We also work with a subscription model per concurrent user per month. Once there is a new version, the older version can't logon anymore. They can only upgrade. This is a safe guard to prevent 'user' to generate out-of-date contracts.
But we allow the customer to pay upfront for multiple users/months. That gives us the ability to provide discount and other marketing goodies. If the license isn't renewed than the application stops working.
@Oren: just to be very very clear, when you say "the software stops working" you mean the engine? the database engine stops working?
I mean, let us make an example, shall we? We decide to use RavenDB, so we build a software for a customer on top of it, we finish it, tests go well etc... then we deploy the software to the customer's servers and everything would be fine. In an entire year the customer found zero bugs, there are rainbows in the sky, butterflies and everything.
18 amazing months of non-stop happy work for the customer goes by, and one day, after 18 months + 1 day... everything would stop? in production?
That is the case? Please tell me i'm wrong.
Please also consider floating licenses.
I'm against the whole "disabled after x months" thing - but floating licenses are a must for us. We are a software shop with 20 devs, and only 60 people in the company. All 20 devs do all dev work, so saying "if you have nhibernate problems, see Joe" is out of the question. At the same time, we're a small company, and NHProf is probably used for a total of 20hrs a month among all of our devs - so we bought 5 floating licenses because we couldn't afford 20 regular ones.
We simply can't justify 20 subscriptions. And if I pick two people out, then they have to stop what they're doing to help others - if those two are doing higher priority work, that doesn't make sense.
So whatever you do, please keep the "small shop" in mind.
Ermio, We are talking specifically about the profiler here, not RavenDB. The way RavenDB expiration works, even if you are overdue on the subscription, you can keep using the database. You'll get a warning when you look at the UI, but the database functionality is going to be there.
@Oren: that seems more reasonable. Though I have to say it's kind of strange to have a mixed license: you pay once to "buy" the engine and "rent" the studio. Thinking about it it kind of makes sense, since (thinking about a single project) one usually use the engine and the studio at the beginning and then, if everything goes well, only the engine must run without limits.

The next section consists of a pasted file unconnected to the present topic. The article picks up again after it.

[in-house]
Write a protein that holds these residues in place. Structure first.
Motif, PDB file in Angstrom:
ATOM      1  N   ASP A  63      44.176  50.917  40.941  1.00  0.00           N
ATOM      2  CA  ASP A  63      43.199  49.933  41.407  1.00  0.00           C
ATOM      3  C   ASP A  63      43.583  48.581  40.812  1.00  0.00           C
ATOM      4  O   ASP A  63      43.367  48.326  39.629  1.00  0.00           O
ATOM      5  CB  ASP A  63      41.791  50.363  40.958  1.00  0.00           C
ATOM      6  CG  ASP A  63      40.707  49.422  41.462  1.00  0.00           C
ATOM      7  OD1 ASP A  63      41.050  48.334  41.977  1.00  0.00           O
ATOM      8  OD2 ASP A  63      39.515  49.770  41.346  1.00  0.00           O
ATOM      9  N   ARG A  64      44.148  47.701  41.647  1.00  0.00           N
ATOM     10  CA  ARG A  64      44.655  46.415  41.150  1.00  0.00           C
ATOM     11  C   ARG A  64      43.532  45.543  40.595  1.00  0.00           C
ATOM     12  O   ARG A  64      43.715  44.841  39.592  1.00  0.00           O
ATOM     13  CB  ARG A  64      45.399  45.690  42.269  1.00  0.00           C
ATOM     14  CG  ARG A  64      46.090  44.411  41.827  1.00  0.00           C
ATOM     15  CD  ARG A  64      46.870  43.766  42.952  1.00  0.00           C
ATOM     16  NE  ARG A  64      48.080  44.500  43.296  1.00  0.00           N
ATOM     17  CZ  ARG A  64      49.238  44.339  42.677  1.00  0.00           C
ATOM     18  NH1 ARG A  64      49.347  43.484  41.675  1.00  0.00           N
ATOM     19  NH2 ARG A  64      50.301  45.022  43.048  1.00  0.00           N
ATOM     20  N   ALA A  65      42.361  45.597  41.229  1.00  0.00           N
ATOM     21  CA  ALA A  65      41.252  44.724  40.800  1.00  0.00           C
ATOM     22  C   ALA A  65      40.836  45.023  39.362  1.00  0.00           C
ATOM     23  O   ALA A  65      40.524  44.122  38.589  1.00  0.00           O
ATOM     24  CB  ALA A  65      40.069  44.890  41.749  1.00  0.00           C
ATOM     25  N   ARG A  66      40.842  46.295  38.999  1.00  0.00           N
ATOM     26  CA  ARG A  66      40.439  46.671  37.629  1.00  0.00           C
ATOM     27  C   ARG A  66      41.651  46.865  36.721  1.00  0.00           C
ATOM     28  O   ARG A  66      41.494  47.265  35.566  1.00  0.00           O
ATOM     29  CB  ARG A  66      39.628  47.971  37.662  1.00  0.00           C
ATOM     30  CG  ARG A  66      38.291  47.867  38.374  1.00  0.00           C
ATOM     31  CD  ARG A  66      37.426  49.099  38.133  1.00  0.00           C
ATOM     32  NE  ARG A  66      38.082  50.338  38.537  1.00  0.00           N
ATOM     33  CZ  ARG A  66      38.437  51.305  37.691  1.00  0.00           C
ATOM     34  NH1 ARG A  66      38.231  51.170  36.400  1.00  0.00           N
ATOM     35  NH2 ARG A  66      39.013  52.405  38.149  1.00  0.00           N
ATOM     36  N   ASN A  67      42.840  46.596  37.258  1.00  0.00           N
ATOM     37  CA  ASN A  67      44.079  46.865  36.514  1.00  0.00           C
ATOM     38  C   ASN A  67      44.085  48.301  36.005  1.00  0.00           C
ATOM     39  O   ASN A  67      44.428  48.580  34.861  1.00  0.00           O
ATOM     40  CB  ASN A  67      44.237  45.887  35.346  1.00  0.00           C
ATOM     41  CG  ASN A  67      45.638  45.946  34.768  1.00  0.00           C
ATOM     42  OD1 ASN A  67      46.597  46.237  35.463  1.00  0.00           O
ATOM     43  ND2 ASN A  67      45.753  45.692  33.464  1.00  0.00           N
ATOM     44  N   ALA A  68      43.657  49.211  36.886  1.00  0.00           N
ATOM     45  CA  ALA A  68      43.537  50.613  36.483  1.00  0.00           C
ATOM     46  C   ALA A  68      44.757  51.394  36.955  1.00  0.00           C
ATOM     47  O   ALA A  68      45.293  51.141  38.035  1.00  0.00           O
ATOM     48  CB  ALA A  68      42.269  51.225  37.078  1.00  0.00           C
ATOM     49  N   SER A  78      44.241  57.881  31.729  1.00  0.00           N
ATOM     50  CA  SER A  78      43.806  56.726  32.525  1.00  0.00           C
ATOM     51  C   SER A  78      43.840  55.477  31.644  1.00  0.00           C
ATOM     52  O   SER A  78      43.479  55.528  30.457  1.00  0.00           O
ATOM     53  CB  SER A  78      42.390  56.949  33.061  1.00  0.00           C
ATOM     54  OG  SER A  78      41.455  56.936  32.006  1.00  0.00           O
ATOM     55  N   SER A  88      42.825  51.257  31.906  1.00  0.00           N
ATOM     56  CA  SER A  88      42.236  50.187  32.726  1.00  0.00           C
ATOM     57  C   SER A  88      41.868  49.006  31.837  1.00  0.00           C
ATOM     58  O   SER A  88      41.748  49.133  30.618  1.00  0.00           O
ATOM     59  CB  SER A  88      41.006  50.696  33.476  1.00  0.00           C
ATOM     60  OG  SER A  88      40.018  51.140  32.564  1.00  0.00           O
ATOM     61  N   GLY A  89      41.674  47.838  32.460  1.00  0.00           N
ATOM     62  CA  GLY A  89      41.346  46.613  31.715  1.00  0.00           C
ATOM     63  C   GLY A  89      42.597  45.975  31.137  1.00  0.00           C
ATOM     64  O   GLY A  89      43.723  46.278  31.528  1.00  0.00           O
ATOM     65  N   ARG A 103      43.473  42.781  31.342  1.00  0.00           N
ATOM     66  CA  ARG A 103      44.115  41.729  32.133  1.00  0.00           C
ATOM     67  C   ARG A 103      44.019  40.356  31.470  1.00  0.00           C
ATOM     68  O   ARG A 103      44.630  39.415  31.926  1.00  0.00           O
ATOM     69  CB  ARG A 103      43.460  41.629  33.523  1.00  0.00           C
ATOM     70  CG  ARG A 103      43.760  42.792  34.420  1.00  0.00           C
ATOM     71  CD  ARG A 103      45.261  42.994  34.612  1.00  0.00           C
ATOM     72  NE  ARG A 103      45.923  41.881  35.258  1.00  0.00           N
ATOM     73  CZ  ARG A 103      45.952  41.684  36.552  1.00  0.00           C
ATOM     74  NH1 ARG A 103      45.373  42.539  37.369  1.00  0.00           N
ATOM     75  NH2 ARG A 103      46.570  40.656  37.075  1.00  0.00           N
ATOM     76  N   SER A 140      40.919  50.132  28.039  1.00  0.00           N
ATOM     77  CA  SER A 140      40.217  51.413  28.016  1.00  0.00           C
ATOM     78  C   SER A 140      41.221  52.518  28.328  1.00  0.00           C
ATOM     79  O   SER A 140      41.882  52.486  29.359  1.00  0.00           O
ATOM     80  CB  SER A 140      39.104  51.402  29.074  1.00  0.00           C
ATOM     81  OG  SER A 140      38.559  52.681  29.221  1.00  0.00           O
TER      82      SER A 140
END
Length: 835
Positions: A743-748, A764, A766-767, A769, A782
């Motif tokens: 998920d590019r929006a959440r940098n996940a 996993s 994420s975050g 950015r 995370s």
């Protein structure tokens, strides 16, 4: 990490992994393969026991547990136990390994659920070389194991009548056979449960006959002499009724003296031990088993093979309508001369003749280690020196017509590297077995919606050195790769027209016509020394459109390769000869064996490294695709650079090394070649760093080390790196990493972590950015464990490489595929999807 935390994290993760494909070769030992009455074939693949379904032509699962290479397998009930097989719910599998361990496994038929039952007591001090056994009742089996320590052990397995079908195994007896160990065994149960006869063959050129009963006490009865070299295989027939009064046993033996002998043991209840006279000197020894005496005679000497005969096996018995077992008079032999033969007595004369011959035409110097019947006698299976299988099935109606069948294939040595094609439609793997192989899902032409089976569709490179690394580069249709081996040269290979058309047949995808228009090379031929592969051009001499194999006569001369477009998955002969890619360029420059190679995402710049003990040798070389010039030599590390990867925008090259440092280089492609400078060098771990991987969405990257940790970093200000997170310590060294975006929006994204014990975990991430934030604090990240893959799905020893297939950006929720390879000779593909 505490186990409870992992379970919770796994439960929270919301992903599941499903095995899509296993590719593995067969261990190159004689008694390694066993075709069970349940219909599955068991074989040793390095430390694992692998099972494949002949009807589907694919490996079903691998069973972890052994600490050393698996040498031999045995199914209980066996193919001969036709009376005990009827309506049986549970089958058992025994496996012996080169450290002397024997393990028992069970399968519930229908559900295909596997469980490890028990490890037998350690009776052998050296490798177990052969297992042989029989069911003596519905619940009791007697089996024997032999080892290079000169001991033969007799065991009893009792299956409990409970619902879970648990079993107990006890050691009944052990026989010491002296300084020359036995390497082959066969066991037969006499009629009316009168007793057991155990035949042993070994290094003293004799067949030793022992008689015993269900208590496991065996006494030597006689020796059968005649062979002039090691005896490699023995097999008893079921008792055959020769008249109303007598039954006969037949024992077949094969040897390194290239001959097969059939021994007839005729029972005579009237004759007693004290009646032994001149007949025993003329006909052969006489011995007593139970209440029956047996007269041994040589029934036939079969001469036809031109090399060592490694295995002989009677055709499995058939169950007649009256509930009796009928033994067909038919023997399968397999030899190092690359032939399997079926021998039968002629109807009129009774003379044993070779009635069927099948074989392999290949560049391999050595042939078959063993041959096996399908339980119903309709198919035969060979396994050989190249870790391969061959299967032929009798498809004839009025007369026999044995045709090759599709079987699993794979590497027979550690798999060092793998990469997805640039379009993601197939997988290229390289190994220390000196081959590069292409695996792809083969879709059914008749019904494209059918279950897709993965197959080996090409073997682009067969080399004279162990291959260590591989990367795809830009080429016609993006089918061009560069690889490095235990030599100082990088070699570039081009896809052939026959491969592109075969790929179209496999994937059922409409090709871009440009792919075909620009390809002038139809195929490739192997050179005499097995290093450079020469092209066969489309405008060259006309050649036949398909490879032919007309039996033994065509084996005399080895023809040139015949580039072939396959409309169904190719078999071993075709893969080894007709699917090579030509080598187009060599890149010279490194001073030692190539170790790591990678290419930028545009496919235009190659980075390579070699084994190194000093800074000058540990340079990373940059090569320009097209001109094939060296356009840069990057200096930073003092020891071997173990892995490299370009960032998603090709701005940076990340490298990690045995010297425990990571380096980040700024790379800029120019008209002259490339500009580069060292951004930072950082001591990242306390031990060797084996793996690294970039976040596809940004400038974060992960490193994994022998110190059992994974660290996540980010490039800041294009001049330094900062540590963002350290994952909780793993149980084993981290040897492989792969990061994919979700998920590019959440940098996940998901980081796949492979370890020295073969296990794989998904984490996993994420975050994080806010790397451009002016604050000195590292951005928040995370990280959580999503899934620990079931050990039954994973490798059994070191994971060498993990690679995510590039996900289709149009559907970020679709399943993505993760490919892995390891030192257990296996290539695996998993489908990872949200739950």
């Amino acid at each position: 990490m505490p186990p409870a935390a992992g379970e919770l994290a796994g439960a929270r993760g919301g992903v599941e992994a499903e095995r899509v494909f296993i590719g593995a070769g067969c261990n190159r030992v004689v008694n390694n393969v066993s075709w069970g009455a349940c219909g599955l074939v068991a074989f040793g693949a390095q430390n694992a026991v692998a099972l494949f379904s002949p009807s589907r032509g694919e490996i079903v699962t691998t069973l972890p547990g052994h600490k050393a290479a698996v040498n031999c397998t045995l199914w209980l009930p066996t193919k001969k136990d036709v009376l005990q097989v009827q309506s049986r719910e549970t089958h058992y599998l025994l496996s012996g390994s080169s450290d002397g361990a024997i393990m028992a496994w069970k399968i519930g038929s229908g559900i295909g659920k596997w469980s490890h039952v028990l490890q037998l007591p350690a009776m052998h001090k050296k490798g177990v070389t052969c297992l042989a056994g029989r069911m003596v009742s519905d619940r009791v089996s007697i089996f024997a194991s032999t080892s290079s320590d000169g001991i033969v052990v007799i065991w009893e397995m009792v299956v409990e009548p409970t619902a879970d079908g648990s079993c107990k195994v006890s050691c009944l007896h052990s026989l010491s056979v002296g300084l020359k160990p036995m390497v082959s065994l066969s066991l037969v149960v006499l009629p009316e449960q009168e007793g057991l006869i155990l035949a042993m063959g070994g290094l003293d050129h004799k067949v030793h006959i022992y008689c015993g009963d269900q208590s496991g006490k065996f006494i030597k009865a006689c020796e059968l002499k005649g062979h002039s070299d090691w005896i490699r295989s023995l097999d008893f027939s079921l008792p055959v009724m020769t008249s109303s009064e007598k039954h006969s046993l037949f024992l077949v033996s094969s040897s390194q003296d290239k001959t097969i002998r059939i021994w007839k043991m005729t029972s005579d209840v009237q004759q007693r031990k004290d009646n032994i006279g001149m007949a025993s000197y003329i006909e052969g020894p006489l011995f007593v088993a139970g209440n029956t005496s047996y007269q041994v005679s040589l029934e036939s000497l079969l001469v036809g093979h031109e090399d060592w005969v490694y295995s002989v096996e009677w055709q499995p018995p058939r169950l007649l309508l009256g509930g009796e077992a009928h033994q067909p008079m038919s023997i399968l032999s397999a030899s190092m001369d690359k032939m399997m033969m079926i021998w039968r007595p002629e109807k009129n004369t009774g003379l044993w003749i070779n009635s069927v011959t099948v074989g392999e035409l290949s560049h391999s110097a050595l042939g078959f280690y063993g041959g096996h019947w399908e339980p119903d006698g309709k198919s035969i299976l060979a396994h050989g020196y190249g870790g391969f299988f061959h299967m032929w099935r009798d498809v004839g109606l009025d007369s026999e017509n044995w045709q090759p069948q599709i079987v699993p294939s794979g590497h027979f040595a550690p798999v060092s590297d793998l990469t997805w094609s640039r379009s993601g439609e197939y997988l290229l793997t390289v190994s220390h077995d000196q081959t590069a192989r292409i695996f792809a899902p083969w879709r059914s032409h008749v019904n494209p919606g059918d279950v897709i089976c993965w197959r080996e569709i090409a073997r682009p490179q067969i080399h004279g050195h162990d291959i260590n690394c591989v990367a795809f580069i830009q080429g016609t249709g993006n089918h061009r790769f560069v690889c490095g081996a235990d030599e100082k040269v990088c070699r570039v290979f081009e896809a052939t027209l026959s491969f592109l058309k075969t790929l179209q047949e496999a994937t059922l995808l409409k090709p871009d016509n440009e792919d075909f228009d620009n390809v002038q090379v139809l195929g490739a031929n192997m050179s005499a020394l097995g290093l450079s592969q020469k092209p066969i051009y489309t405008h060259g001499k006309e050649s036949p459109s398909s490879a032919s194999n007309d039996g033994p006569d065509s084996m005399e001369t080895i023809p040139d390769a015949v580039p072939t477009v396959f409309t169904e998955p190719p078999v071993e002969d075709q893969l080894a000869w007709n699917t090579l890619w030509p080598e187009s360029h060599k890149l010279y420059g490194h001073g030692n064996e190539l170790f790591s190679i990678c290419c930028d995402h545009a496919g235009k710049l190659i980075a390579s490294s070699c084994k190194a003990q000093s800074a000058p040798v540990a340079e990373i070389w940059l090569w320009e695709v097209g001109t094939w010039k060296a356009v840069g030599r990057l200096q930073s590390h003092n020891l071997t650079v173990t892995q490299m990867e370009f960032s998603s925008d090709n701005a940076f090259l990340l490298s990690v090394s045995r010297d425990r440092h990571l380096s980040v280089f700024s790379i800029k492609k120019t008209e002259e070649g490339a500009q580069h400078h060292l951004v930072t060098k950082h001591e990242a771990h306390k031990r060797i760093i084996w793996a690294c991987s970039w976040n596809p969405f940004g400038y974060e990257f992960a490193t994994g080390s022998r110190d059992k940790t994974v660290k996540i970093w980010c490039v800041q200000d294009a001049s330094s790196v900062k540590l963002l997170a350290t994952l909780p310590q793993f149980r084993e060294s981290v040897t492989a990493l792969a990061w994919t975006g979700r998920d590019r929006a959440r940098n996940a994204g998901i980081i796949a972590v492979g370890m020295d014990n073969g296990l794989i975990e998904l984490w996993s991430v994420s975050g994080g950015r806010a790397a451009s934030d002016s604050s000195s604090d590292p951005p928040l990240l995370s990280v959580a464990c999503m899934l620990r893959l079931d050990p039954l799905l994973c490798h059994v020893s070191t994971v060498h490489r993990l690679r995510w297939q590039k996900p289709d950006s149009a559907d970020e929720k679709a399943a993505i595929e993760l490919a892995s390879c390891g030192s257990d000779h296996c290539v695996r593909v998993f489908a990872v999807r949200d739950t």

One question: the studio is in some way bounded to a specific instance? Practical example: we buy 1 license (599 $) and we get some time with the studio + unlimited running time for the engine instance. Then, 2 years from now, we'll decide to buy another 1 license (599 $ again) so we get some other time with the studio + another engine instance running forever. The studio may than be used with the old instance or there's some trickery to avoid that? Sorry if this question may sound stupid, but i have some people asking small details like these and i need to give them answers.
Ermio, The studio is actually embedded inside the engine. They aren't separate. The error you get in the UI is just that, informative and doesn't give you any problem with regards to actually using it.
"I am talking that after 18 months, the software stops working"
This is never acceptable. If I bought software directly, it is mine to take to the grave.
As others said, 18 months of support/updates and after that those end is fine, but not deactivating the software itself!
I would agree with the sentiment that "stuff that I bought should be mine forever" -- this feels like a very primal thing. :) On the other hand, I think people might warm up to the idea of rent-ware if the price difference was significant. Something along the lines of "you can rent the profiler for $20/mo, or buy it for $500, and that gives you a year's worth of free updates".
Perhaps this has been addressed elsewhere, but I was just wondering what factors went into the decision to make it so that renting efProf at the monthly rate for 12 months is actually a bit cheaper than renting it at the yearly rate. (Not a complaint at all...just curious).
Brian, That isn't the case, actually. What you see is the strangeness of currency fluctuations over time.
Doh! I had considered that but for some reason when I looked at the non-USD pricing my brain still saw it as less. Must have been running low on blood redbull content. Cheers!